American International Group Inc (AIG) is shuffling its management ranks, ousting longtime CEO Maurice "Hank" Greenberg and naming a trio of new executives as the insurance and financial services company works to resolve regulatory inquiries.
Greenberg, 79, will retire but remain nonexecutive chairman of the company he built into a financial titan over 37 years as chief executive.
In an announcement late on Monday, the New York-based company said vice chairman and co-chief operating officer Martin Sullivan, 50, was promoted, becoming AIG's third CEO.
"As a result of Hank's leadership, AIG today is the largest and best capitalized insurance and financial services organization in the world," independent board member Frank Zarb said in the statement, which did not quote Greenberg. "However, the board has concluded it is now in the best interest of AIG's shareholders, customers and employees to turn to a new generation of leadership, and we are pleased that Hank Greenberg will assist in the transition."
AIG also said its annual report, which was to be filed today, would be delayed because of the management shakeup and internal accounting review. That review is not expected to result in "significant changes to the company's financial position," according to the statement.
Greenberg was only the second chief executive of the insurance giant, leading the New York-headquartered company with an iron hand since he replaced founder C.V. Starr after his death in 1968. A graduate of New York Law School, Greenberg has been with the company since 1960.
In its announcement, AIG also said that it was making several other changes in its management team:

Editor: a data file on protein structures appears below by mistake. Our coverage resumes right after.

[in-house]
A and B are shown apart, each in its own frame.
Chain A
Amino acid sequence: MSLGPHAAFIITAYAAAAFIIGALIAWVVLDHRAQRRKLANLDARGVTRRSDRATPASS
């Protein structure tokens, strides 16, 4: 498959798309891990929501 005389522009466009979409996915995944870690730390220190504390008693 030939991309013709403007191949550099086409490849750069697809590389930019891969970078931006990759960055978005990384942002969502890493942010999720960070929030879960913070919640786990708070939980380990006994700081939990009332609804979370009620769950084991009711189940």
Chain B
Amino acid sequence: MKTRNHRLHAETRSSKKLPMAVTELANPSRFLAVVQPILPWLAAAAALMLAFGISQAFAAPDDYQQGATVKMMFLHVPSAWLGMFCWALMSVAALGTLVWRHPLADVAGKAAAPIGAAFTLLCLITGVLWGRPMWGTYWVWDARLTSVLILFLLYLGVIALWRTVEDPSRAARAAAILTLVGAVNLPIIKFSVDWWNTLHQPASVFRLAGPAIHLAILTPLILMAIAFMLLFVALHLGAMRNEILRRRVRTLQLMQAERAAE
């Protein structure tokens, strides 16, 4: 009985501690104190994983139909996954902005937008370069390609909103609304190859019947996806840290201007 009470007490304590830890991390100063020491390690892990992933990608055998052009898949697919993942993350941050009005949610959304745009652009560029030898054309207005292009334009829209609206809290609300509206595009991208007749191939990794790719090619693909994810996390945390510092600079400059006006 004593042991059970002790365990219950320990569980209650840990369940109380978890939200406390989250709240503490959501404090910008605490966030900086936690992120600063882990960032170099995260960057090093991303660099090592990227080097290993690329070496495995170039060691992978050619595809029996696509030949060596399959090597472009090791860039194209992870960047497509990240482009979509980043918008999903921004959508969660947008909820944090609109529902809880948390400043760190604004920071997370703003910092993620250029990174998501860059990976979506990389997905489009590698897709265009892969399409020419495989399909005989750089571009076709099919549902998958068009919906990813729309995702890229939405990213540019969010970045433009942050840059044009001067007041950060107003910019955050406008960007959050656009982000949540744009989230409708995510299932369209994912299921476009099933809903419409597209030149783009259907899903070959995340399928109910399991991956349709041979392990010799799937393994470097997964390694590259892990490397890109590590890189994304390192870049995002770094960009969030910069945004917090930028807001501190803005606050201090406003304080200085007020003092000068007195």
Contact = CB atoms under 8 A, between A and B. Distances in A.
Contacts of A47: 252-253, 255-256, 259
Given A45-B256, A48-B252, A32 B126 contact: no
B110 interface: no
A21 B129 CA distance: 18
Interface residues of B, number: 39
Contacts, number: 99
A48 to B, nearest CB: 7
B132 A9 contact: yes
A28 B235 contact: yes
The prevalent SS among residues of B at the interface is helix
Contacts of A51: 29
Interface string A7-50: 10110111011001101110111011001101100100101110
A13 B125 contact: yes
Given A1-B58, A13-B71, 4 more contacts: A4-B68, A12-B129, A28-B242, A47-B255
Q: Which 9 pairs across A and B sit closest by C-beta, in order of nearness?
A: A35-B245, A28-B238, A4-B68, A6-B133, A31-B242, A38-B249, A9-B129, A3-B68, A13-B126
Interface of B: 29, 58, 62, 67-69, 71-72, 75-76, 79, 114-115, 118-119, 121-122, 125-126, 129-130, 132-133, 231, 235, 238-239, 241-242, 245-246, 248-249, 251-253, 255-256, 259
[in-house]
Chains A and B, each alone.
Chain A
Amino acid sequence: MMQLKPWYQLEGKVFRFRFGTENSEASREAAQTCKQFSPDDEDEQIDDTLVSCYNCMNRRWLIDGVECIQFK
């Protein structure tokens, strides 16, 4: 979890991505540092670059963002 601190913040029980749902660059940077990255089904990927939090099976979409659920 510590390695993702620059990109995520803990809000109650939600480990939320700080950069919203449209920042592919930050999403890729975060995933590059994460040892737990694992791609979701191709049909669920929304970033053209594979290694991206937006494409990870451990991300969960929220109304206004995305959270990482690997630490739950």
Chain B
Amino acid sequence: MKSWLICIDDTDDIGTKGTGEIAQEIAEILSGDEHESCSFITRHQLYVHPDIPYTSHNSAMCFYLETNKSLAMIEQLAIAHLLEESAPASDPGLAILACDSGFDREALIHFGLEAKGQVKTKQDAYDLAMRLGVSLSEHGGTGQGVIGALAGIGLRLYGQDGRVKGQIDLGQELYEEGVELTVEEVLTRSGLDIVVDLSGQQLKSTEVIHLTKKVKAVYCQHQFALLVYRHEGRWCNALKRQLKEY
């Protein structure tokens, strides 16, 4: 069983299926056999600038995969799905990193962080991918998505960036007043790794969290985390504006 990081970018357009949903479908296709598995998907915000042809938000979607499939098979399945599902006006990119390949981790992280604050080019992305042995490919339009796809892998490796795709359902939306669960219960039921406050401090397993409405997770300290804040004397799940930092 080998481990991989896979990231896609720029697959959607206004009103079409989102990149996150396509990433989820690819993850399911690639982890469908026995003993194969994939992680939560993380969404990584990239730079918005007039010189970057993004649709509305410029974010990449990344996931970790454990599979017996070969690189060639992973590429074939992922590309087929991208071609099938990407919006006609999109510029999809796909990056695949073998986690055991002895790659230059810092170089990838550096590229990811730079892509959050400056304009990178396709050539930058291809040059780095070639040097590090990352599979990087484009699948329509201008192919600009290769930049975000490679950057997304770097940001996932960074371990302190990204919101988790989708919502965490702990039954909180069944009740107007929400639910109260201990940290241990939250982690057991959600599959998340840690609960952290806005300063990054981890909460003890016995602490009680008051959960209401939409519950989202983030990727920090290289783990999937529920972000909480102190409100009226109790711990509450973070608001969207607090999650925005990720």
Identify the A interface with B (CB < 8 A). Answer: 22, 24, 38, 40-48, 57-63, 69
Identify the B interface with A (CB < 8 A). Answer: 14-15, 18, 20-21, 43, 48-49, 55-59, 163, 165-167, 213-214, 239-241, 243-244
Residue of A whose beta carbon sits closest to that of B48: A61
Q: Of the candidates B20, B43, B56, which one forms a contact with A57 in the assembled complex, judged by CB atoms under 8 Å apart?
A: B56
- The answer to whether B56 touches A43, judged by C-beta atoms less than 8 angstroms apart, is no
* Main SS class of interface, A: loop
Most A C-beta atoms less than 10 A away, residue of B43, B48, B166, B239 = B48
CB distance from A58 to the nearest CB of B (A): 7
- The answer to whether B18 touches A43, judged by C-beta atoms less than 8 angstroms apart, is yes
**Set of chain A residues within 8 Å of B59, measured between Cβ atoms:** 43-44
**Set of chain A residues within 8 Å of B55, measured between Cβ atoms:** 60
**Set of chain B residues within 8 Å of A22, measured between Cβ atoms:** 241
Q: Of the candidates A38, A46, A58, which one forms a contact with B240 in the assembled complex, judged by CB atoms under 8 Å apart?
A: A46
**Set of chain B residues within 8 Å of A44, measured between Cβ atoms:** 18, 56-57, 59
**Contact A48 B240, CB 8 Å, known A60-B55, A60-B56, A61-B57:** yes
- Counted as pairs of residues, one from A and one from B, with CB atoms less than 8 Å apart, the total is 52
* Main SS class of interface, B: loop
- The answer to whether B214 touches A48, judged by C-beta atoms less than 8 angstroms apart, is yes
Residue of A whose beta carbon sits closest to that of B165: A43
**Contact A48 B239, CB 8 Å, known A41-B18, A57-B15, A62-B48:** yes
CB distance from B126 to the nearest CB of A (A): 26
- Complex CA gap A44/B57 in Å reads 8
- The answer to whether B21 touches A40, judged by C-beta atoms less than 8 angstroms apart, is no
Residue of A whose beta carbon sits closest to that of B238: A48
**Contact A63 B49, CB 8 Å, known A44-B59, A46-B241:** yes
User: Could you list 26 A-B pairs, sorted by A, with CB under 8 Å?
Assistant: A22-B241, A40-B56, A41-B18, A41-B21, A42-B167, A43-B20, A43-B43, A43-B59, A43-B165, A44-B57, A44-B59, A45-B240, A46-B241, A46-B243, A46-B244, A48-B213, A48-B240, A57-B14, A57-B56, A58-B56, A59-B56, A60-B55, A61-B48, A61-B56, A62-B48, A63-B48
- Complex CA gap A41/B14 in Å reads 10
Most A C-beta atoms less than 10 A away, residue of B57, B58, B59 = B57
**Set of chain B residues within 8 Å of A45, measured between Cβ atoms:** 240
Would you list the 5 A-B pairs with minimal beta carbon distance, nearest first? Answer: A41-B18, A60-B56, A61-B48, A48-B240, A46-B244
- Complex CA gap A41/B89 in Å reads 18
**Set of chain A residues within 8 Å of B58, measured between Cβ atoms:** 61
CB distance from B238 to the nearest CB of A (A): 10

Donald Kanak, 52, was named executive vice chairman and chief operating officer, focusing on Asia. He previously was vice chairman and co-chief operating officer.
Steven Bensinger, 50, was selected as chief financial officer, replacing Howard Smith, 60, who "has taken leave," the company said. Bensinger also was named an executive vice president and will retain his previous titles of treasurer and comptroller.
Greenberg's departure as CEO was the third such high-profile departure in recent weeks. The boards of Hewlett-Packard Co and Boeing Co have recently forced out CEOs.
Greenberg is the head of an insurance industry dynasty.
His son Jeffrey Greenberg resigned last October as chairman and chief executive of the insurance brokerage Marsh & McLennan Companies Inc amid an investigation by the New York attorney general's office into bid rigging, price fixing and hidden incentive fees. Marsh & McLennan reached a settlement in the case Jan. 31, agreeing to pay US$850 million in restitution.
Another son, Evan Greenberg, is president and chief executive officer of Bermuda-based ACE Ltd.
With a market capitalization of US$168.5 billion, AIG is one of the largest insurance companies in the world. And Maurice Greenberg is one of the company's largest individual shareholders.
According to recent filings with the Securities and Exchange Commission, Greenberg directly controls more than 43.3 million AIG shares and indirectly controls an additional 23.7 million. The company had 2.64 billion shares outstanding last year.
Sullivan joined AIG in 1971 in London. He held a number of management positions before assuming the posts of co-chief operating officer and vice chairman in May 2002. At that time, he also was named one of seven members of the "office of the chairman" and added to AIG's board.